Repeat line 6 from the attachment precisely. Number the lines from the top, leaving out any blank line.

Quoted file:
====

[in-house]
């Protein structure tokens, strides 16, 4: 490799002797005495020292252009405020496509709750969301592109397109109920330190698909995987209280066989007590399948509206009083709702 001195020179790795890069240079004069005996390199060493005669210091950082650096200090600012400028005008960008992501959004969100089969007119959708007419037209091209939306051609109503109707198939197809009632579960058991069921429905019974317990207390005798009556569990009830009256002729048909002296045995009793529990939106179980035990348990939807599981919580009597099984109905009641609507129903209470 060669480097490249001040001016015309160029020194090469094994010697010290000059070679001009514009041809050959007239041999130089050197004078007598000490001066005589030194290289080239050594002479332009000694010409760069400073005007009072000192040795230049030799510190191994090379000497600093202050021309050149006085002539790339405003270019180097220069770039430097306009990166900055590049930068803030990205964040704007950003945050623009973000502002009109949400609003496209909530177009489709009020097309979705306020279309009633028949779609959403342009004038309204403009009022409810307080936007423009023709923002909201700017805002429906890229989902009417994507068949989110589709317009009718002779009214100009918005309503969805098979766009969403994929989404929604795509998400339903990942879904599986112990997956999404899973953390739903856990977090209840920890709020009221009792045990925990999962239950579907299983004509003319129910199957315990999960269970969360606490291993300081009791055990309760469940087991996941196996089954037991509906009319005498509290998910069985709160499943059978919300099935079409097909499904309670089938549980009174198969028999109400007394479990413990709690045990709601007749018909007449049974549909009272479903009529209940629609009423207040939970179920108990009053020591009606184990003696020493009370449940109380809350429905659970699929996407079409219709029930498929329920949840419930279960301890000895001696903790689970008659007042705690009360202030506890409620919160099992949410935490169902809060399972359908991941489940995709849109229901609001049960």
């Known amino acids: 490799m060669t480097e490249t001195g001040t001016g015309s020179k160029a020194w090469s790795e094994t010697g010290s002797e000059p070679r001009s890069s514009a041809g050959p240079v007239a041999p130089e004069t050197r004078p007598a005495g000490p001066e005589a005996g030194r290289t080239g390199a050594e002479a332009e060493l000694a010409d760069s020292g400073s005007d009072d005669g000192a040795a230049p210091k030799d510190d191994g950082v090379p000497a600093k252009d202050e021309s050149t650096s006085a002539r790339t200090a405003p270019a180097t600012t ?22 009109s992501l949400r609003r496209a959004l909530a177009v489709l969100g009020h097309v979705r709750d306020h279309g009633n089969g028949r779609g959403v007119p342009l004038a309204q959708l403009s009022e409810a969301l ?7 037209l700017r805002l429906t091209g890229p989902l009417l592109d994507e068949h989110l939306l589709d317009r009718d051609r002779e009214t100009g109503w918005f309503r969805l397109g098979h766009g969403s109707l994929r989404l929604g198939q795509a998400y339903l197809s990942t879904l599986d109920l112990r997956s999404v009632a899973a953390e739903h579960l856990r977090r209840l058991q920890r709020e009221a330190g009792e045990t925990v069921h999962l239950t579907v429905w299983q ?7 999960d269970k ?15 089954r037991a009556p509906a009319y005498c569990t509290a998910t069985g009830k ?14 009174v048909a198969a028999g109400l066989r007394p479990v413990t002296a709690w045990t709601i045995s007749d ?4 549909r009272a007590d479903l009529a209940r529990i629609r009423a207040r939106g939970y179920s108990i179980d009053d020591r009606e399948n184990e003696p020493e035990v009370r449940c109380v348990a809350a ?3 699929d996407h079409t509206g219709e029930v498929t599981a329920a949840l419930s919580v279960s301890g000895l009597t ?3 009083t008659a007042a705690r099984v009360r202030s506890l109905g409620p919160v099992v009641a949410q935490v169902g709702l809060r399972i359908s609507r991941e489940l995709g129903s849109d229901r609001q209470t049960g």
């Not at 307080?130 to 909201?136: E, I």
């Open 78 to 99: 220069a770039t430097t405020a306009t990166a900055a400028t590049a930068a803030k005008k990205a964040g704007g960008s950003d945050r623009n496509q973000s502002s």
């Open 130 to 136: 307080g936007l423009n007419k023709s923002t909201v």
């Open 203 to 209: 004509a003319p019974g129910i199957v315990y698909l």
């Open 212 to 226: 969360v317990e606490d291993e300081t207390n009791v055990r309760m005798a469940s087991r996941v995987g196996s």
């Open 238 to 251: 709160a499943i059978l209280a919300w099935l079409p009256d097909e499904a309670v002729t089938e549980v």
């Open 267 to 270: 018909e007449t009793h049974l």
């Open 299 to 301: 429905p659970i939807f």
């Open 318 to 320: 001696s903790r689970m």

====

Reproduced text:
């Open 130 to 136: 307080g936007l423009n007419k023709s923002t909201v």